Personally, I could cope with the screaming. When you’ve got a two year-old who jumps from behind doors like a ninja midget and tries to kneecap you, you’d take anything vocal in place of black eyes and broken fingers.

He’s fucked.

His spirit’s broken. He eats two churchmouse-sized pieces of chicken and a thimble of gravy and everyone applauds like he’s just shit out a greyhound. Turns out, the key was in telling him to eat it. None of this, ‘now come on, darling. Just eat what you can’. No, the ‘you’re eating it, you’re not leaving the table until you eat it, and if you don’t stop making that brain-numbing noise you’ll sit on your own while we have fun and eat cake without you’ approach seems to work far better. They might have broken him, but at least he still has his hair; which is more than can be said for Katie.

I quite like Katie’s mum. She’s got egg down her blouse and her hair hasn’t seen a brush in months, but she has three layers of blue eye-liner on and enough lipstick to make her look as though she’s fallen on a rusty axe. She’s like a rutting boar at the gate of Estee Lauder. And she’s very (understandably) concerned about her (intensely dislikeable) child obsessively pulling her own hair out. Katie has pulled out so much hair she looks like a small lesbian with mange. Granted, this isn’t just down to the hair. It also has something to do with the sole gold earring (left ear) and the fact her mother dresses her like an unconvincing extra from This Is England, but there are some things that parents just can’t be told; that you dress your child like a bad lesbian being one of them. A clear connection between the need for a dummy and the self-inflicted alopecia is soon identified, and Jo comes up with a practical solution. Chuck the dummy, stop the self-harm and Lo! Rapunzel, let down your hair.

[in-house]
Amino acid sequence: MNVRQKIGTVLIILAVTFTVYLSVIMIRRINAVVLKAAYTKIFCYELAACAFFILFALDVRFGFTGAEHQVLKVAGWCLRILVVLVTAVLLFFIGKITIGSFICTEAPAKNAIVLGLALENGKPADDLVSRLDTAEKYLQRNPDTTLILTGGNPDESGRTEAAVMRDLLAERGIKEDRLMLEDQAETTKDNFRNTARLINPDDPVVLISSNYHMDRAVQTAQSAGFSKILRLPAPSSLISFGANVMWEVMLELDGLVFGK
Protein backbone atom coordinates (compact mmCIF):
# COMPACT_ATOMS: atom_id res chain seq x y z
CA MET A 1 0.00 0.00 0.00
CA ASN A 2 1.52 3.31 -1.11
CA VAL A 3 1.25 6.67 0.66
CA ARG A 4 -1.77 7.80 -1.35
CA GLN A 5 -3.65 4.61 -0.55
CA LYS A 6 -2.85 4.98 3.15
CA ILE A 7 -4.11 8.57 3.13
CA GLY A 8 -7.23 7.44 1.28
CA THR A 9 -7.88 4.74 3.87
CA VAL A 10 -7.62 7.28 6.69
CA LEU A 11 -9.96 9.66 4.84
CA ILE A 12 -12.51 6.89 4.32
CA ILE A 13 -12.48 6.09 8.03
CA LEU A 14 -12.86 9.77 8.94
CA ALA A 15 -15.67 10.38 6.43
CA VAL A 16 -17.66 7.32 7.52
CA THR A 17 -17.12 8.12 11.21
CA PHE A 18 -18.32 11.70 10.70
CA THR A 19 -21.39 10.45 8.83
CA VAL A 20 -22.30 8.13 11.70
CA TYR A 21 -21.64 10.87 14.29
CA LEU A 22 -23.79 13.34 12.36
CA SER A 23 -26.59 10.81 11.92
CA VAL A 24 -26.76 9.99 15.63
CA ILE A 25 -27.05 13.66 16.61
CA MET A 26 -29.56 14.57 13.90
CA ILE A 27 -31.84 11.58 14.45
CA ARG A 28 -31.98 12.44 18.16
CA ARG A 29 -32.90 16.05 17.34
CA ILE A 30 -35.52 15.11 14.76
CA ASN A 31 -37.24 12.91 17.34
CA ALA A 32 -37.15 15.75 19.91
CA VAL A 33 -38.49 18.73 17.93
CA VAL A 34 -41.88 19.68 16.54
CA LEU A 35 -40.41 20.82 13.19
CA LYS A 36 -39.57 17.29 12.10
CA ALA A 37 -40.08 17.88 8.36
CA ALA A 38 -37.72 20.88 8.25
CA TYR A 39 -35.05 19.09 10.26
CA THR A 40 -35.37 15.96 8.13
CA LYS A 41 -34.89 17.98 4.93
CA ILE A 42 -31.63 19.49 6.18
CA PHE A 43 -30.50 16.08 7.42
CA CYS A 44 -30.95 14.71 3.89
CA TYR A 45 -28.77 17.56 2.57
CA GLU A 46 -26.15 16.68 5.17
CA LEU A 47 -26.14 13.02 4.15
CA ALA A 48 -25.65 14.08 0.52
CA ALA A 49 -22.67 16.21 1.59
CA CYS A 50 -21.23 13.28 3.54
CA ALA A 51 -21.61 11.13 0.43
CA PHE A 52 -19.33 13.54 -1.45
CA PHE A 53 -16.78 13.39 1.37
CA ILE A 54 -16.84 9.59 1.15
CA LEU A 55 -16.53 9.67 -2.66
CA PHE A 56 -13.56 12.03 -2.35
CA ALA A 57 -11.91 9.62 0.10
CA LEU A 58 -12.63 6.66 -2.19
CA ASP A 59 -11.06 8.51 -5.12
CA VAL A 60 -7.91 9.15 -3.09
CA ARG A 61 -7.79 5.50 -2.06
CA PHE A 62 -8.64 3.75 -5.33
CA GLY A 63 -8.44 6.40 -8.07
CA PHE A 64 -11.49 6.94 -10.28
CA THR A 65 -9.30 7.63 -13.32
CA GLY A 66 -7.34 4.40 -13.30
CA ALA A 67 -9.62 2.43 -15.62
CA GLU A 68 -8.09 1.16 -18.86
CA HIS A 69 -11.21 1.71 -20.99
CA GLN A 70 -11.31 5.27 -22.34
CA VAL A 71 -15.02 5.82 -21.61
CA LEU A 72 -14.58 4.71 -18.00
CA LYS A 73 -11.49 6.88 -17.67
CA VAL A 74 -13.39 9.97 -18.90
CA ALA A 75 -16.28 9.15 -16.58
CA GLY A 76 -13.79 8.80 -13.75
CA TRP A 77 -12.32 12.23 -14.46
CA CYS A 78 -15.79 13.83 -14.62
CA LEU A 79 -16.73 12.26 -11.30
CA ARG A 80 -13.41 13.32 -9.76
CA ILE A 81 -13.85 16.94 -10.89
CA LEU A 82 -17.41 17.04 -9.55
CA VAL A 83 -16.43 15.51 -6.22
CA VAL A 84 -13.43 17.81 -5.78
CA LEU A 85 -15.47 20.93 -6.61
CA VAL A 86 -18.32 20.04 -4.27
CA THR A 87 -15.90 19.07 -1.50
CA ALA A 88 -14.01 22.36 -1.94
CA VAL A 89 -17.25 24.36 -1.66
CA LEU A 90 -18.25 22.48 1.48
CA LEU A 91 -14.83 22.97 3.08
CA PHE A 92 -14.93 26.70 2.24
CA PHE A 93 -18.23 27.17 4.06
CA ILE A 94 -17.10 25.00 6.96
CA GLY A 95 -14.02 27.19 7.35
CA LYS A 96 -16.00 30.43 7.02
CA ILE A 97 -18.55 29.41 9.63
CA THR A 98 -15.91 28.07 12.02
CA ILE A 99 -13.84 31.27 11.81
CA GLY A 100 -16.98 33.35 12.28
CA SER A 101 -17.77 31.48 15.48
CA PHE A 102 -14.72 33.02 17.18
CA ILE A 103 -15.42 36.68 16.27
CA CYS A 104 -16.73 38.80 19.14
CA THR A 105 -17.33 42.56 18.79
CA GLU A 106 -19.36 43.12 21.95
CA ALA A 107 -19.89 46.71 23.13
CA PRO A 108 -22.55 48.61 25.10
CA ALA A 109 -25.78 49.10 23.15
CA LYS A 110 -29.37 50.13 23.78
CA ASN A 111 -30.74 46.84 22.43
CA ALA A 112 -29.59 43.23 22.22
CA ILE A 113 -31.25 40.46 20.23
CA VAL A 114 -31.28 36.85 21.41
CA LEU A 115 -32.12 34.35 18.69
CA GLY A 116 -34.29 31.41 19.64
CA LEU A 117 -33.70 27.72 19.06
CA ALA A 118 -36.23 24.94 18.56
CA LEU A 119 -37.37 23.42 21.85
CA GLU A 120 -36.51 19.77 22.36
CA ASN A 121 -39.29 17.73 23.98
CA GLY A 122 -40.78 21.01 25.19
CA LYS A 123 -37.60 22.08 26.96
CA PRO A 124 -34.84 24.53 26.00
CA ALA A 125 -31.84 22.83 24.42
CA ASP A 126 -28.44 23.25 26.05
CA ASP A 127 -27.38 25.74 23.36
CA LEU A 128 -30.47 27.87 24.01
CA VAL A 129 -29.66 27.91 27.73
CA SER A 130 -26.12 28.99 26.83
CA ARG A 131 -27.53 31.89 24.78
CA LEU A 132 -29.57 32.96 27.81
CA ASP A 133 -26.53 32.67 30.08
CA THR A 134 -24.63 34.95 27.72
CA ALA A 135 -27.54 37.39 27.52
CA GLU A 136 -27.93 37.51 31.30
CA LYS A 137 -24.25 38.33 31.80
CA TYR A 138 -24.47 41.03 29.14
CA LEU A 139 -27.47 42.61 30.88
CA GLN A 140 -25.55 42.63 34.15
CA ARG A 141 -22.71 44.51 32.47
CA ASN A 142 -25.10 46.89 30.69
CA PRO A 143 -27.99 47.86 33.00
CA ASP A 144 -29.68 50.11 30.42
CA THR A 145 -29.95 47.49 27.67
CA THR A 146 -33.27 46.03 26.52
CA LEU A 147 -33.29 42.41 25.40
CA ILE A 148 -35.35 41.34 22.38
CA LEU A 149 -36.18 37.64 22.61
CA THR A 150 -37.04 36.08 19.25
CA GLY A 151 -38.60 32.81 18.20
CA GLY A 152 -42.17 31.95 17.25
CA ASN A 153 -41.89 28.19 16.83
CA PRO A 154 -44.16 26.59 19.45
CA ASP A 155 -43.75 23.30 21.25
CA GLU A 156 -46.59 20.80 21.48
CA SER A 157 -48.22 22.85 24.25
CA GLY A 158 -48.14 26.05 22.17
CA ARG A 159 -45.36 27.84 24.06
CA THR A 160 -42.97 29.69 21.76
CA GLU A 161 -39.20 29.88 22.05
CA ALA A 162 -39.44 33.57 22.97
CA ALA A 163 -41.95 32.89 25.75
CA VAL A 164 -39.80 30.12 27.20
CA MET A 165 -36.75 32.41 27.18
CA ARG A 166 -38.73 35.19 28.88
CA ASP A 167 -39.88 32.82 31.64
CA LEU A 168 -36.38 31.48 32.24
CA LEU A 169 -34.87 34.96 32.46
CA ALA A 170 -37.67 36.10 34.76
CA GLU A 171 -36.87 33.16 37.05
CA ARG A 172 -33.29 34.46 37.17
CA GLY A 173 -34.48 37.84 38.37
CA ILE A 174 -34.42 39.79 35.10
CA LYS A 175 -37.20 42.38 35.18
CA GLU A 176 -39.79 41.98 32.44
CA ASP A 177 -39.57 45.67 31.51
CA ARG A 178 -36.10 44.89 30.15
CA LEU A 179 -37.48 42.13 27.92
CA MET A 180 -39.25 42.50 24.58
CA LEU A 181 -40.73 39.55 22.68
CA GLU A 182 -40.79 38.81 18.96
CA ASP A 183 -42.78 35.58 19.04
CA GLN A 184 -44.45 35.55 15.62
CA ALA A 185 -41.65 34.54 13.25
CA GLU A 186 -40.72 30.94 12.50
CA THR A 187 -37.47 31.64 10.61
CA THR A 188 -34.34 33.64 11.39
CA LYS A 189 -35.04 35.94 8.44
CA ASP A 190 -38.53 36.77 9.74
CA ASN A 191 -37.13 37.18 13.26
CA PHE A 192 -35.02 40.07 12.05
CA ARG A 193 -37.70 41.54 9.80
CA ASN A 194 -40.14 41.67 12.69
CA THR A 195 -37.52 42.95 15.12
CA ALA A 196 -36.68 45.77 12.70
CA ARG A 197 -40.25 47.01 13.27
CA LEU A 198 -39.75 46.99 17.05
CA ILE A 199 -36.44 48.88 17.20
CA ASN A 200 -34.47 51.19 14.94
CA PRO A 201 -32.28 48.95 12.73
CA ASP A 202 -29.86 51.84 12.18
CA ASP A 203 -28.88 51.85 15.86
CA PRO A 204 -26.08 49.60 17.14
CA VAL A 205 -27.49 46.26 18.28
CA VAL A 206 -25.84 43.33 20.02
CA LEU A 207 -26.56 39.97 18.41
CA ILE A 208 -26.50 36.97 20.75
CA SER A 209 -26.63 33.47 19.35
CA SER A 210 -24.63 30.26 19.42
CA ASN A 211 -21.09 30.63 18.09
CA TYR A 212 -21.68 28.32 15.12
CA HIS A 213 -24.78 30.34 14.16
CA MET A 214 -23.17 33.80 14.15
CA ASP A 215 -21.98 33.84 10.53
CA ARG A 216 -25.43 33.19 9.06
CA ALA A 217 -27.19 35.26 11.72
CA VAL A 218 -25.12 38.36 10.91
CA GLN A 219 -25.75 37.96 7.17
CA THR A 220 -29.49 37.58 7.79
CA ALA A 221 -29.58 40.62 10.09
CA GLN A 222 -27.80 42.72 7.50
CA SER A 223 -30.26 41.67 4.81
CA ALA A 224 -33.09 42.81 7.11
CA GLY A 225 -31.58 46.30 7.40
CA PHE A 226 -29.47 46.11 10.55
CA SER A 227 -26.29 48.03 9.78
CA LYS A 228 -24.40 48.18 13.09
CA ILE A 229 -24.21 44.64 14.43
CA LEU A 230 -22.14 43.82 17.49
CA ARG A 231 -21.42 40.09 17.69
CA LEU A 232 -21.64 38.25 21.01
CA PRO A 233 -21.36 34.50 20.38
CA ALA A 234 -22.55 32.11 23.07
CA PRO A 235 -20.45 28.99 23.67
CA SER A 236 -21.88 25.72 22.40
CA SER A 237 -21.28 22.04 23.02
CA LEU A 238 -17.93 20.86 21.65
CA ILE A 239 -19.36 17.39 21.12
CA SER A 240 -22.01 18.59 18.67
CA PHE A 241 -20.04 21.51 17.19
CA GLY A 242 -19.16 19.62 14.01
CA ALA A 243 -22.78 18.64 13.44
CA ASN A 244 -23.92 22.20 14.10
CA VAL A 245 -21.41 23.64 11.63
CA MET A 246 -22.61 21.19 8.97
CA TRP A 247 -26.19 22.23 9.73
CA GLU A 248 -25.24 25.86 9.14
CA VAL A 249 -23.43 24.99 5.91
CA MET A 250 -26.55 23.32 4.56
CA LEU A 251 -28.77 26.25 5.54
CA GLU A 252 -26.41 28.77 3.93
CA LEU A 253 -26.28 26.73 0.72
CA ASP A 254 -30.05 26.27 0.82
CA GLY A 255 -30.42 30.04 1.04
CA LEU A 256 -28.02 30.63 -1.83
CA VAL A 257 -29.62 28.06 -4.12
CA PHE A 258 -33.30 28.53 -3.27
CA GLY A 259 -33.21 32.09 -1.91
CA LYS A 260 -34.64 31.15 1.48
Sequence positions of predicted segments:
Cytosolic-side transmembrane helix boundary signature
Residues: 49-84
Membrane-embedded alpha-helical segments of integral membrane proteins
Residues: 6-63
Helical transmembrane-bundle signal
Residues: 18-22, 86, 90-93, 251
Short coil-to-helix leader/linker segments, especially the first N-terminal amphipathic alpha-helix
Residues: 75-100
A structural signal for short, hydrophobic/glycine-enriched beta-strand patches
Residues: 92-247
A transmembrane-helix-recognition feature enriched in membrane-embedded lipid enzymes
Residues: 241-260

Unfortunately it doesn’t quite work out like that. Mainly because dopy mum forgets to actually get rid of the dummy, and after three hours of hideous screaming, Katie remembers it’s in the top of the bin and goes to get it. And falls asleep in thirty seconds. Next time slit the teat, advises an irate Jo. Slice it up good. She won’t be able to use it then. The benign look of total indifference on mums face says different. As long as the screaming stops. Please God, let the screaming stop. She can have the fucking thing until she’s thirty as long as there’s no screaming.

Personally, I could cope with the screaming. When you’ve got a two year-old who jumps from behind doors like a ninja midget and tries to kneecap you, you’d take anything vocal in place of black eyes and broken fingers. And that’s a cry for help. Anyone. Please. Just….help.